And, of course he blamed me, well Shawn and I for losing the business he had purchased, the reason we moved back to Lafayette to begin with. “I wasn’t strong enough to run my business and take your mother’s and Shawn’s abuses at the same time.” Of course I was out of his life only a few months after we moved to Lafayette but it does not surprise me at all that he blames me for losing the company. I knew it the minute I found out. I told Liz and my brother as soon as I learned the circumstances. “He blames me for losing the company. I know it.” They thought I was crazy. It made no logical sense. I had nothing to do with the company. In fact, Mr. K told me that protecting the company is what motivated him to file for divorce right after I left. But I knew better and his words confirmed it. It was all my fault in his eyes.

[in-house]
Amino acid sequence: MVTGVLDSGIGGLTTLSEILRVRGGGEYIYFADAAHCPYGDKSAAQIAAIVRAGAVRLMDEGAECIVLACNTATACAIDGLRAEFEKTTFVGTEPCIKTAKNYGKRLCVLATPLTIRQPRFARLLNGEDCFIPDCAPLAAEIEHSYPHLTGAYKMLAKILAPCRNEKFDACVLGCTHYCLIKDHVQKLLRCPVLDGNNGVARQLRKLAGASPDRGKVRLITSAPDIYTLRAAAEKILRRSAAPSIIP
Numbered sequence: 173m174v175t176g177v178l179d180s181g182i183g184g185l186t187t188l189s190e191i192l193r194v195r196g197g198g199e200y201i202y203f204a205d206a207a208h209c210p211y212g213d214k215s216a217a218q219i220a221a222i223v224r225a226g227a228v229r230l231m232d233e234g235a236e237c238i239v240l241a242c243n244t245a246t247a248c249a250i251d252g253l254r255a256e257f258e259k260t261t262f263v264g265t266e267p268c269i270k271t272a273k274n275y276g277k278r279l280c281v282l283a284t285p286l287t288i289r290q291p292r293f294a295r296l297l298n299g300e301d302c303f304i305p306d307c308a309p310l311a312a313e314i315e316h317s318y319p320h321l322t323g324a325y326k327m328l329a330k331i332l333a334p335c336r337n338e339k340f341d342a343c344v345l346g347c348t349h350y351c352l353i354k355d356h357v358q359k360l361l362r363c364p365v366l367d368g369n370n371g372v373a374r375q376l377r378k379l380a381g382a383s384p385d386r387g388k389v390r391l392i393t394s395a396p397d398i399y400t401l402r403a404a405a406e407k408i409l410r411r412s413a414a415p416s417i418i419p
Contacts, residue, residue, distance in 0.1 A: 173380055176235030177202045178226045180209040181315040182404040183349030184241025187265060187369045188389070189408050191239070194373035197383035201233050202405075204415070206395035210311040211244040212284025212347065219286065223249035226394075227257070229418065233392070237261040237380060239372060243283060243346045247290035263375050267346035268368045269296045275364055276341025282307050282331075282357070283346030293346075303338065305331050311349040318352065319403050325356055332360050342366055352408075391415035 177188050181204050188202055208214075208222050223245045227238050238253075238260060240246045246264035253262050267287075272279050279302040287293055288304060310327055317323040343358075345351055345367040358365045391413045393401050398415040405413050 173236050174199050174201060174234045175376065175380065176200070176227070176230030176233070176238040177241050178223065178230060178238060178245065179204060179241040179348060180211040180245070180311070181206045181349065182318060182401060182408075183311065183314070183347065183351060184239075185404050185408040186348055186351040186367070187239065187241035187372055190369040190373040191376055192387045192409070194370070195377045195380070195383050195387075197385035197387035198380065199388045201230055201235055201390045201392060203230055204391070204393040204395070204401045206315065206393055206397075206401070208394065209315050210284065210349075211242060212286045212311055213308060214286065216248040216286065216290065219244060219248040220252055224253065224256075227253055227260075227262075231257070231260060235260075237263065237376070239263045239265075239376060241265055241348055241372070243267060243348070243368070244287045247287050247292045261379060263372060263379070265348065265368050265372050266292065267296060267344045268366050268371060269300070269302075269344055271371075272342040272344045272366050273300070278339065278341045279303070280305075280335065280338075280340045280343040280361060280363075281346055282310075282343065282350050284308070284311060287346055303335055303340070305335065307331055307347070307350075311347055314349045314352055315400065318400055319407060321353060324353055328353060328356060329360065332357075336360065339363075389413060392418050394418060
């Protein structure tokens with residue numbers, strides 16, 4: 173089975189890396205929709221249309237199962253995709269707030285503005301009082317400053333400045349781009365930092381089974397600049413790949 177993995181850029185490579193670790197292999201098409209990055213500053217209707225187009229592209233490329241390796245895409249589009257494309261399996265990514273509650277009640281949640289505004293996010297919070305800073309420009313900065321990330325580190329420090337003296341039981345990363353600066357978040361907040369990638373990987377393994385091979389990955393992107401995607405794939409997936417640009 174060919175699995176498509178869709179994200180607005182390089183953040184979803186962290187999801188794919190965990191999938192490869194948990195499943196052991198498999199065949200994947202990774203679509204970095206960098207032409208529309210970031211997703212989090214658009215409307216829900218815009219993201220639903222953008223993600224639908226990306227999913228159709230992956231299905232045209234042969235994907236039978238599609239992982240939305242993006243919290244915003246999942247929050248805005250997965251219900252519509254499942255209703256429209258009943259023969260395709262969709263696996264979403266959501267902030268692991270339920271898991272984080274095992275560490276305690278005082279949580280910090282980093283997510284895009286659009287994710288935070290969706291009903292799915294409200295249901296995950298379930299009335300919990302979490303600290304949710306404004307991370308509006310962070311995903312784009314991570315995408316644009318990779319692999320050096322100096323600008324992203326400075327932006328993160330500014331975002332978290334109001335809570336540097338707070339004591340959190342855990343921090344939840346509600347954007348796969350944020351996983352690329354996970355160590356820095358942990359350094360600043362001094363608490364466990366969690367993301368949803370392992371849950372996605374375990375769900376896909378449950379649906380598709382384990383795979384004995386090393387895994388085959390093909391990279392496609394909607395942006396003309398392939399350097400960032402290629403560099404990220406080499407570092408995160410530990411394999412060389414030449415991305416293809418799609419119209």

He told Lori, that her relationship with Shawn and I was in direct conflict with her relationship with him. It was a zero-sum game. To have one did not allow for the other. So in a sense, he gave Lori a choice: She could have a relationship with her mother and little brother or with him. He told her that if she didn’t respect him (his super-favorite word) maybe it was best if they didn’t have a relationship.

“You really have no idea who I am,” he wrote at the end.


It was an incredible read. Lori was angry. She decided not to respond at all. “To let the words lie,” as her husband advised her.